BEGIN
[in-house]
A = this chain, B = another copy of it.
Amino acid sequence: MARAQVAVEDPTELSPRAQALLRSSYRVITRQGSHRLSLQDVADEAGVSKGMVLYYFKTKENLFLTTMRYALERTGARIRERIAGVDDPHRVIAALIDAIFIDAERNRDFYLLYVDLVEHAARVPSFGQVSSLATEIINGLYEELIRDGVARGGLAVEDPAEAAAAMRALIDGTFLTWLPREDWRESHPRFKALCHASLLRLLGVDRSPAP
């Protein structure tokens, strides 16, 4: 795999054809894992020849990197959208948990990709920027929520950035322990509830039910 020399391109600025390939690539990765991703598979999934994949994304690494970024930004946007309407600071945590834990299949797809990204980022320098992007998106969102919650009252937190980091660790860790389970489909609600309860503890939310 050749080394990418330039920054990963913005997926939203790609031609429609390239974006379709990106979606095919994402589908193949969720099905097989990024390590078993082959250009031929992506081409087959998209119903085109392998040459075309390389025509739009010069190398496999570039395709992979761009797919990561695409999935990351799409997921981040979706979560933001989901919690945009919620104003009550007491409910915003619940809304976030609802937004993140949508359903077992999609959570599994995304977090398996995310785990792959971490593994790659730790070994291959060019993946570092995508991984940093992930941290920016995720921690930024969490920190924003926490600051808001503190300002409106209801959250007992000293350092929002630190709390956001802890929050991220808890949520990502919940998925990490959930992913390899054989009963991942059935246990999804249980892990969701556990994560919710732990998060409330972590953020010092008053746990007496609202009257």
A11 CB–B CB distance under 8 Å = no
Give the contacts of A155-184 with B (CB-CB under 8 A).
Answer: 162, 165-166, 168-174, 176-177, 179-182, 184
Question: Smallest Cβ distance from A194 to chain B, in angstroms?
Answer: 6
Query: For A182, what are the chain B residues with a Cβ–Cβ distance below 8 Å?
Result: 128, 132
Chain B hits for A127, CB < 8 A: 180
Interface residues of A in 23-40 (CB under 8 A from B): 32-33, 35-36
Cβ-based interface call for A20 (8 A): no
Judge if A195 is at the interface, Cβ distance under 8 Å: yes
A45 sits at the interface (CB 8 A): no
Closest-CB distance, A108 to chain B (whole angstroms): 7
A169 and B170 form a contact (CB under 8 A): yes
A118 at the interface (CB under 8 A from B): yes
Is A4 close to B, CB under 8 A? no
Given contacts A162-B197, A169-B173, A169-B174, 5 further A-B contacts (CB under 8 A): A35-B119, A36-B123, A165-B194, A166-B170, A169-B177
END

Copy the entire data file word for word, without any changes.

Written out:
[in-house]
A = this chain, B = another copy of it.
Amino acid sequence: MARAQVAVEDPTELSPRAQALLRSSYRVITRQGSHRLSLQDVADEAGVSKGMVLYYFKTKENLFLTTMRYALERTGARIRERIAGVDDPHRVIAALIDAIFIDAERNRDFYLLYVDLVEHAARVPSFGQVSSLATEIINGLYEELIRDGVARGGLAVEDPAEAAAAMRALIDGTFLTWLPREDWRESHPRFKALCHASLLRLLGVDRSPAP
């Protein structure tokens, strides 16, 4: 795999054809894992020849990197959208948990990709920027929520950035322990509830039910 020399391109600025390939690539990765991703598979999934994949994304690494970024930004946007309407600071945590834990299949797809990204980022320098992007998106969102919650009252937190980091660790860790389970489909609600309860503890939310 050749080394990418330039920054990963913005997926939203790609031609429609390239974006379709990106979606095919994402589908193949969720099905097989990024390590078993082959250009031929992506081409087959998209119903085109392998040459075309390389025509739009010069190398496999570039395709992979761009797919990561695409999935990351799409997921981040979706979560933001989901919690945009919620104003009550007491409910915003619940809304976030609802937004993140949508359903077992999609959570599994995304977090398996995310785990792959971490593994790659730790070994291959060019993946570092995508991984940093992930941290920016995720921690930024969490920190924003926490600051808001503190300002409106209801959250007992000293350092929002630190709390956001802890929050991220808890949520990502919940998925990490959930992913390899054989009963991942059935246990999804249980892990969701556990994560919710732990998060409330972590953020010092008053746990007496609202009257």
A11 CB–B CB distance under 8 Å = no
Give the contacts of A155-184 with B (CB-CB under 8 A).
Answer: 162, 165-166, 168-174, 176-177, 179-182, 184
Question: Smallest Cβ distance from A194 to chain B, in angstroms?
Answer: 6
Query: For A182, what are the chain B residues with a Cβ–Cβ distance below 8 Å?
Result: 128, 132
Chain B hits for A127, CB < 8 A: 180
Interface residues of A in 23-40 (CB under 8 A from B): 32-33, 35-36
Cβ-based interface call for A20 (8 A): no
Judge if A195 is at the interface, Cβ distance under 8 Å: yes
A45 sits at the interface (CB 8 A): no
Closest-CB distance, A108 to chain B (whole angstroms): 7
A169 and B170 form a contact (CB under 8 A): yes
A118 at the interface (CB under 8 A from B): yes
Is A4 close to B, CB under 8 A? no
Given contacts A162-B197, A169-B173, A169-B174, 5 further A-B contacts (CB under 8 A): A35-B119, A36-B123, A165-B194, A166-B170, A169-B177